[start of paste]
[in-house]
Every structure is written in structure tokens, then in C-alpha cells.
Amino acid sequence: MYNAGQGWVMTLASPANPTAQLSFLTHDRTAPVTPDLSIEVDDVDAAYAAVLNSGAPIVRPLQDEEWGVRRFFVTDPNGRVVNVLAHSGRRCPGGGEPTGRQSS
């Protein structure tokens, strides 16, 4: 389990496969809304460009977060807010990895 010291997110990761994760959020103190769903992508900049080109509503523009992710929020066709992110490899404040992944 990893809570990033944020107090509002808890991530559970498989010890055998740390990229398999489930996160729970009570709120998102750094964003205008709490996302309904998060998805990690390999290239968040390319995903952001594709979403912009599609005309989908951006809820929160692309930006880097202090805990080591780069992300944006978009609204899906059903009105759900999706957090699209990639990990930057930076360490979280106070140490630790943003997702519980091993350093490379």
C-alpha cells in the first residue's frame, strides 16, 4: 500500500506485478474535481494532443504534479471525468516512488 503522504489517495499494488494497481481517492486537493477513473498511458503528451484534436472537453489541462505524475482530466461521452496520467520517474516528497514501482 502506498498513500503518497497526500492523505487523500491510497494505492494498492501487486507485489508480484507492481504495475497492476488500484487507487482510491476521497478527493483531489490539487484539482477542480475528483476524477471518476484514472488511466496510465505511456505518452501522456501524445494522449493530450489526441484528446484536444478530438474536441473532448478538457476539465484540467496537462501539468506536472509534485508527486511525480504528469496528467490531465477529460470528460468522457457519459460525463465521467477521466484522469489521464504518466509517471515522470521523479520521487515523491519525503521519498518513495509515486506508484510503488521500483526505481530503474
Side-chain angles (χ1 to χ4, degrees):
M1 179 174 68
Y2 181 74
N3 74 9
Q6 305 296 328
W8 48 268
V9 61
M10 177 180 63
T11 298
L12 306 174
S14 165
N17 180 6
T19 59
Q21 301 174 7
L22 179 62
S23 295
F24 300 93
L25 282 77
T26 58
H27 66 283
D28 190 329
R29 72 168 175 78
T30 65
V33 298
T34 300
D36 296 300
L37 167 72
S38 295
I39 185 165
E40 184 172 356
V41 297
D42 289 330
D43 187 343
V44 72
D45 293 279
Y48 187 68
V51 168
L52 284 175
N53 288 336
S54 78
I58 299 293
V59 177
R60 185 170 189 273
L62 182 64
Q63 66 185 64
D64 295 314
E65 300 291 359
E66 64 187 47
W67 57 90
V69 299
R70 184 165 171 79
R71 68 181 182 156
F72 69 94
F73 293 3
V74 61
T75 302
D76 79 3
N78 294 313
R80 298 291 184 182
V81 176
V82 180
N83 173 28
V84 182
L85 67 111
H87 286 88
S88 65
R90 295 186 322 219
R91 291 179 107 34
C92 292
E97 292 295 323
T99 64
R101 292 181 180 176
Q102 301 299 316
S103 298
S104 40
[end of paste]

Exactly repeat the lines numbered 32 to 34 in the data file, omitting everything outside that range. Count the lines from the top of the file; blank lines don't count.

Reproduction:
L37 167 72
S38 295
I39 185 165